George Herbert Mead's Social Psychological Theories: An Analysis, Revision, and Integration
Shea, William D.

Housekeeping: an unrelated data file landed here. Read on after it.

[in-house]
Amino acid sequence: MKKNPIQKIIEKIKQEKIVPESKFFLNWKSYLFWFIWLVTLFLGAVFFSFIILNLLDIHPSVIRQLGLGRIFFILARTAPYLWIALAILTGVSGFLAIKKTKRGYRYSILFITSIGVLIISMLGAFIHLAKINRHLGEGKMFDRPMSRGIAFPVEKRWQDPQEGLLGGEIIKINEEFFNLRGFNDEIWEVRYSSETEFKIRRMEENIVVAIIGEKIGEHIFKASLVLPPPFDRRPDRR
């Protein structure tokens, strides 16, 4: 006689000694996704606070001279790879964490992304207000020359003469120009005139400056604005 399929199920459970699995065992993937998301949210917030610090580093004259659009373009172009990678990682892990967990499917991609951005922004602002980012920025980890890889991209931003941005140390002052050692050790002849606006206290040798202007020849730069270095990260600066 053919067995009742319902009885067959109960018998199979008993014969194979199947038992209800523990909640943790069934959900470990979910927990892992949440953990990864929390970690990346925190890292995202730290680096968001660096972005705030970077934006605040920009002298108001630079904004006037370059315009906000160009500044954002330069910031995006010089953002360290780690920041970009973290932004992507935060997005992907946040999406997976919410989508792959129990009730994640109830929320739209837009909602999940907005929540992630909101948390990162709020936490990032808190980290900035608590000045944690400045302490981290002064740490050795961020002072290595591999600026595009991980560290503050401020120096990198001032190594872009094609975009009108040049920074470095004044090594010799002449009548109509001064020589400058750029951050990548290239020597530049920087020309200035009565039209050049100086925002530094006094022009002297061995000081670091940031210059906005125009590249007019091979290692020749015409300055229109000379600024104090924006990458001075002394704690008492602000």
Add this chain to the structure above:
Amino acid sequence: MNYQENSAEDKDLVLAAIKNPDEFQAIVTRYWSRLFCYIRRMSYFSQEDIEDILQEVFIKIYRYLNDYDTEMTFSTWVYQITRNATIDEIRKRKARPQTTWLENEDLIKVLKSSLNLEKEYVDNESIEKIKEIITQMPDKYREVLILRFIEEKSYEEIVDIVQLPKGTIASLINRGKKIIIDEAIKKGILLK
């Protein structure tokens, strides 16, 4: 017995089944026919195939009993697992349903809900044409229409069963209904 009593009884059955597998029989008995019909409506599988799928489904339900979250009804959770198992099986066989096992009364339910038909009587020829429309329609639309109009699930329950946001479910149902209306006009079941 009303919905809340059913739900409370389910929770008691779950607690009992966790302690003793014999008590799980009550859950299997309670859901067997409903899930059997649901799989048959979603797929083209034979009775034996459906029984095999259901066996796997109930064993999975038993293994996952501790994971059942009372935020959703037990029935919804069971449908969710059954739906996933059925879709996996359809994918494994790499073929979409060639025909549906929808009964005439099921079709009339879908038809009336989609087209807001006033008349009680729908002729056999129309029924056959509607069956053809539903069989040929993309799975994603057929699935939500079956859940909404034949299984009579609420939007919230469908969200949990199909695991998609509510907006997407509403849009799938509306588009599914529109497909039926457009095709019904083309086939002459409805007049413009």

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This paper will analyze various factors concerning Mead's theory of the act and the development of the self in order to show which aspects of his theory are universal or applicable to all men in all cultures and which are particular or mainly applicable to the people of the West who speak languages descendant from Greek origin. The position taken. in this paper is that Mead's Philosophy of the Act most likely is universal as is his conception of the development of the personality and the generalized other. An attempt is made to show how the personality and the generalized other develop from the act by means of the stage of play in which the individual learns the roles of the society and the stage of the game in which he learns how to integrate these roles into a socially accepted pattern by anticipating the reactions of others to his behavior. Mead's concept of self as. consisting of the "I" and the "me" will not be held however, to be universal but particular especially to Western cultures. Finally implications will be made as to possible areas of research with Mead's theory.